Marian Kotleba, the Banská Bystrica regional governor, has been testing the limits of freedom of speech in Slovakia for some time, the Sme daily wrote on July 28. He has been charged by police with promoting extremist movements – donating oversized cheques for €1,488 this March. This figure is a neo-Nazi symbol and initially, his party claimed the amount to be coincidental. Party members collected €4,464 for those in need, later divided into a smaller donation of €1,488 each, explained Milan Uhrík, ĽSNS party vice-chair for promotion. He admitted later, though, that they could have rounded the sum. But then they would not have attracted so much attention.Foreign Neo-Nazis meet on Slovakian soil at a village that was burned by the Nazis during WW2 Read more
However, the police was not satisfied with this explanation – as this figure is a famous Nazi symbol alluding to the initials of Adolf Hitler and a song praising the white race. They accused the party chairman, Marian Kotleba, of the crime of sympathizing with extremist movements.
Currently, Kotleba – who did not comment – faces a prison sentence of six months to three years. If sentenced, he would also lose his parliamentary mandate.
Party and its chairman having troubles
His ĽSNS party, which has MPs in parliament, has long used neo-Nazi symbols. Several well-known extremists are among its candidates.
Blogger Ján Benčík clearly proved with his analyses that ĽSNS and Kotleba know all too well the meaning of the Nazi symbols they use.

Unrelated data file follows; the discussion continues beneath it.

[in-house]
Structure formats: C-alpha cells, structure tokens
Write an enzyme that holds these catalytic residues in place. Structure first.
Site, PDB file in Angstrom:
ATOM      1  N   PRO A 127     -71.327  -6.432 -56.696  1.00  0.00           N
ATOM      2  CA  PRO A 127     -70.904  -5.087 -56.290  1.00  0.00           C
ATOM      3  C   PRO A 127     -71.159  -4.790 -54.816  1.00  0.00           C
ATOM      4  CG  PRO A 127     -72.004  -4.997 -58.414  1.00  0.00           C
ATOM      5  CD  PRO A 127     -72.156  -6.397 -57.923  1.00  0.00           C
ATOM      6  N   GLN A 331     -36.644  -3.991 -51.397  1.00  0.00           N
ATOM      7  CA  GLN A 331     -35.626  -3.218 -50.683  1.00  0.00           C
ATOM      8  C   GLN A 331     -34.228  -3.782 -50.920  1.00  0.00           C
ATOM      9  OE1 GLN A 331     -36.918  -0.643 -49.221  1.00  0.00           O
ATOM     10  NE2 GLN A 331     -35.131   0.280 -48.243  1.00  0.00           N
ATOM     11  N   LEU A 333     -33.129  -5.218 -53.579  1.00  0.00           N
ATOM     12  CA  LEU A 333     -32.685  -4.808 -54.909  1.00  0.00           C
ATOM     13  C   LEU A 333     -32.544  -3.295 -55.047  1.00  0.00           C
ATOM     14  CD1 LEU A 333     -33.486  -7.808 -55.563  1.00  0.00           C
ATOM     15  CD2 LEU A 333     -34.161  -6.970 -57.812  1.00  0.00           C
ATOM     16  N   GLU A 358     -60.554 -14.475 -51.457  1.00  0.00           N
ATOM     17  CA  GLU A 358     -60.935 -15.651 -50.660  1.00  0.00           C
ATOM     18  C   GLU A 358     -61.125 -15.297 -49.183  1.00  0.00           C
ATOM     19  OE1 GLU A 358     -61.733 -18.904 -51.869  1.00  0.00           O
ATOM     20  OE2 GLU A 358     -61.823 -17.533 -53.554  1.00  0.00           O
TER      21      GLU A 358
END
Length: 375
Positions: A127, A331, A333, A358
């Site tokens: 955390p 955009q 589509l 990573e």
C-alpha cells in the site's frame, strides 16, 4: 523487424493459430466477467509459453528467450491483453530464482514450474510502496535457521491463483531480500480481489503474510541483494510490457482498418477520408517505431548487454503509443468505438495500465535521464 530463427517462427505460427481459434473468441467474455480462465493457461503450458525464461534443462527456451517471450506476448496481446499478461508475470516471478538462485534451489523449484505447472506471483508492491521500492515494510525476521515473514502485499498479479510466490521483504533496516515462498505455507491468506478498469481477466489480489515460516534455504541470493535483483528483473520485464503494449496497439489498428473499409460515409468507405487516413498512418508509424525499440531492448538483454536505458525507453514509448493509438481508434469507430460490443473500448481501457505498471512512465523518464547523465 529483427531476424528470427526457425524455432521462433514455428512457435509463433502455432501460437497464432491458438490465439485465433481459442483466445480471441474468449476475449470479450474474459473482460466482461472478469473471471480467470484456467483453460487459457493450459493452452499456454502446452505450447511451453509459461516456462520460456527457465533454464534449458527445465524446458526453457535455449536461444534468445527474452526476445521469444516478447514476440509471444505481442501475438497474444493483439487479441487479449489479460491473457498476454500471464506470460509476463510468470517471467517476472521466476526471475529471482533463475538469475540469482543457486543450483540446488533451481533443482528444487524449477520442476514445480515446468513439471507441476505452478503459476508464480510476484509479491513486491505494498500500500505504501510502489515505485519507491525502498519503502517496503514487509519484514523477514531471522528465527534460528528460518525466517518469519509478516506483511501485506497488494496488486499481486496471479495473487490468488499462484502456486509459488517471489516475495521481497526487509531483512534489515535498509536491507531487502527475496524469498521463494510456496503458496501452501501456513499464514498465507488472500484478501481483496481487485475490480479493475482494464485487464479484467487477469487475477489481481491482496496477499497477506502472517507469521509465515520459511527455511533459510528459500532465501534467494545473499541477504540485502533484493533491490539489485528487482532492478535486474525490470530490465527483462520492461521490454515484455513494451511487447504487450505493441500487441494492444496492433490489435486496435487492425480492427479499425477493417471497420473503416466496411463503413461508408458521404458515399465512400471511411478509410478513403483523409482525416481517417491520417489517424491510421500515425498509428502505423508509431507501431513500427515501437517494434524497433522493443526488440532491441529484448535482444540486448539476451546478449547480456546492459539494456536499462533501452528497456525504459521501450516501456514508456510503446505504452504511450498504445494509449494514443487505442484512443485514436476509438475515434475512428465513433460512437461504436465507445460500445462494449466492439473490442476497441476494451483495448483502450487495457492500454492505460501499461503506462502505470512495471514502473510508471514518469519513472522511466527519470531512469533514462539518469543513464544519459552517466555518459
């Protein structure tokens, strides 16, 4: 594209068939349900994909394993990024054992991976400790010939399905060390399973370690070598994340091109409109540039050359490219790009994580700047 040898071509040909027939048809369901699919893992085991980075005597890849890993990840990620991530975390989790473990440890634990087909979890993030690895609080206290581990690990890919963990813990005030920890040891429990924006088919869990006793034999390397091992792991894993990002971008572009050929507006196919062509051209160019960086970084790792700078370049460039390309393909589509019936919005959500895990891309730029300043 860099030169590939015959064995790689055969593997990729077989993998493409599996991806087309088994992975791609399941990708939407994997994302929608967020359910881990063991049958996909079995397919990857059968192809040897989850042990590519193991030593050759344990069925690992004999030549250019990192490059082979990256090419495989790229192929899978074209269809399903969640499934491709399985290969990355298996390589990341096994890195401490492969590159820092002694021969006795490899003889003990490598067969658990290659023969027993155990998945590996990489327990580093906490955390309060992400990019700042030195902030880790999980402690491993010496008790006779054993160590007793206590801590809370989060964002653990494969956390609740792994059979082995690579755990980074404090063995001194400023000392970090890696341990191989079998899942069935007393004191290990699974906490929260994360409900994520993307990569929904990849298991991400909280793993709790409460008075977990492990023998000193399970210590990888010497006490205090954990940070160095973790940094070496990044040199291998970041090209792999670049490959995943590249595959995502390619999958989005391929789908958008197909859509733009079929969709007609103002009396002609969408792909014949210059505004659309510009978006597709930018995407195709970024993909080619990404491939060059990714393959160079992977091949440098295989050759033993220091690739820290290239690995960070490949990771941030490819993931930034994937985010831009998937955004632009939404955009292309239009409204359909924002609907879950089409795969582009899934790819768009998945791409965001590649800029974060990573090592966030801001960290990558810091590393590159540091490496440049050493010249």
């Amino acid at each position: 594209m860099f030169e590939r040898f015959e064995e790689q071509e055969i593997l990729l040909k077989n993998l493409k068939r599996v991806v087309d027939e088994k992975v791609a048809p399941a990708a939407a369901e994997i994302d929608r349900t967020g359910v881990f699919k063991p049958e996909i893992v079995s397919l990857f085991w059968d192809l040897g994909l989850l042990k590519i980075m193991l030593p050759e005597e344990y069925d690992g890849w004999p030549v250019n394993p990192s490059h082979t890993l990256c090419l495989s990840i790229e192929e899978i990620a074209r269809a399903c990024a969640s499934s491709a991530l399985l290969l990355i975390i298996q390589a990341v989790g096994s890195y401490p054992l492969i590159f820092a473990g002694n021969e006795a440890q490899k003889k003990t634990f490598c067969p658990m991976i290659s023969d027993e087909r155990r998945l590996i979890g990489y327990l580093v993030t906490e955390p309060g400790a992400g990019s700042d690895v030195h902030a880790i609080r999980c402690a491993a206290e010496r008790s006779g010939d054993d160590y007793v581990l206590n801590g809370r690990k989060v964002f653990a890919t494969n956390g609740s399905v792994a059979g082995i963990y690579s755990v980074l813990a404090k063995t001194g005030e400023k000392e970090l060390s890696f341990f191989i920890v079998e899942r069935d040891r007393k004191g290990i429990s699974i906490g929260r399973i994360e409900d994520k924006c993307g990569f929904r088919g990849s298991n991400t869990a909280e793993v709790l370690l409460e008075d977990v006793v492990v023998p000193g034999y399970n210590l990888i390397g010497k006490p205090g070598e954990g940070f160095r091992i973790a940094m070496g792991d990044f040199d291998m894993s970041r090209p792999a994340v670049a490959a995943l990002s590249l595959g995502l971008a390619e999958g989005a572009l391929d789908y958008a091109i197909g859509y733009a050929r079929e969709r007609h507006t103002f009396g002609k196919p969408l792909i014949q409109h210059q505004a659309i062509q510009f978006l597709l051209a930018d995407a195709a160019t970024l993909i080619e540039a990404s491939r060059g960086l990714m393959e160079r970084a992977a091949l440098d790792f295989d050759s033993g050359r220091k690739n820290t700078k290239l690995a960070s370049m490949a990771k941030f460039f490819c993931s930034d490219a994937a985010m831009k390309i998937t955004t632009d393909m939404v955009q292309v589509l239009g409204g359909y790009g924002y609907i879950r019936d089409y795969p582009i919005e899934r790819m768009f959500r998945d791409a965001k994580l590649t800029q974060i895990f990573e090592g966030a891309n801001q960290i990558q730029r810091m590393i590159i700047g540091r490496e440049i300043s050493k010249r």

In 2005, Kotleba was already prosecuted for distributing the agenda of his then-party Slovenská Pospolitosť (Slovak Togetherness) while in uniform. The case ended after four years, unable to prove any intention of Kotleba’s.
Ultimately, Slovenská Pospolitosť was dissolved by the Supreme Court on March 1, 2006. Kotleba then founded another party, the People’s Party-Our Slovakia (Ľudová Strana Naše Slovensko, ĽSNS) and again tested the Slovka legal system when ending his address at a meeting on March 14 (the day when the wartime Slovak State was declared) with “On guard!” or “Na stráž!” He was detained but released when the prosecutor’s office found that the greeting was not a clear reminder of the Slovak State’s Gardist (i.e. Slovak-Nazi) greeting, as it was not accompanied by the typical gesture. Kotleba may have only appealed to those present to be better guardians.Will the far-right ĽSNS be banned? Read more
Most recently, Kotleba’s party is suing the Sme daily for claiming he is a neo-Nazi.
The ĽSNS party now faces a motion for dissolution, filed in May by the General Prosecutor Jaromír Čižnár with the Supreme Court. This is for “aiming at the removal of the democratic system in the Slovak Republic”. Kotleba is a chairman of another party, however, re-named in June to Ľudová strana Pevnosť Slovensko/People’s Party Fortress Slovakia. With all probability, it will serve as a back-up in case the ĽSNS is dissolved. Politicians suggest that in some cases, the political activities of individuals, rather than parties, should be banned, Sme wrote.